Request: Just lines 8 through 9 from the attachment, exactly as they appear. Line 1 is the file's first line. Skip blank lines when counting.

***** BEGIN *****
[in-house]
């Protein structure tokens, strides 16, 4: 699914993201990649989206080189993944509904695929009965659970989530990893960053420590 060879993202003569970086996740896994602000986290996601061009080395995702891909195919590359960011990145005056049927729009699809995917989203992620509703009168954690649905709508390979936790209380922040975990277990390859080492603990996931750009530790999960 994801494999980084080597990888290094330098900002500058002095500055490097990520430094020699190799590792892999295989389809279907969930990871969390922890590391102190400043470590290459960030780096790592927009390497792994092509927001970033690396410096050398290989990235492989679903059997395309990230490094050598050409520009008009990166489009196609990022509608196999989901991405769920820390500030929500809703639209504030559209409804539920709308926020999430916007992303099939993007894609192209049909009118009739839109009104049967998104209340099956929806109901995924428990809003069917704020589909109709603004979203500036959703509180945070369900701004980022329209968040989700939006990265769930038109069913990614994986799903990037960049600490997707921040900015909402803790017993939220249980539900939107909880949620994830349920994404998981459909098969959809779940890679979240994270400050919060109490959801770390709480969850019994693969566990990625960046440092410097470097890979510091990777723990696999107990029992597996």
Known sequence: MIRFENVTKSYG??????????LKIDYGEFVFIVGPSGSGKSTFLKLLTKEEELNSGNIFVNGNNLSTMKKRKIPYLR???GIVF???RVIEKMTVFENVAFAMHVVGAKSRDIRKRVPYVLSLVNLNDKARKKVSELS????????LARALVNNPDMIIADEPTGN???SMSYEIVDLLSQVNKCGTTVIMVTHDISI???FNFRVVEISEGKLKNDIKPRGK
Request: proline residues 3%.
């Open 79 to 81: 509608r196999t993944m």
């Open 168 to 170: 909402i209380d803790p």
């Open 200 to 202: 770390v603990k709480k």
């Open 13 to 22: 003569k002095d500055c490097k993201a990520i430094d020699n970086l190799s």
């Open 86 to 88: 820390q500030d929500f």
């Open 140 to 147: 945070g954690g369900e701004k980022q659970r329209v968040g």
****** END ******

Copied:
């Open 13 to 22: 003569k002095d500055c490097k993201a990520i430094d020699n970086l190799s």
């Open 86 to 88: 820390q500030d929500f």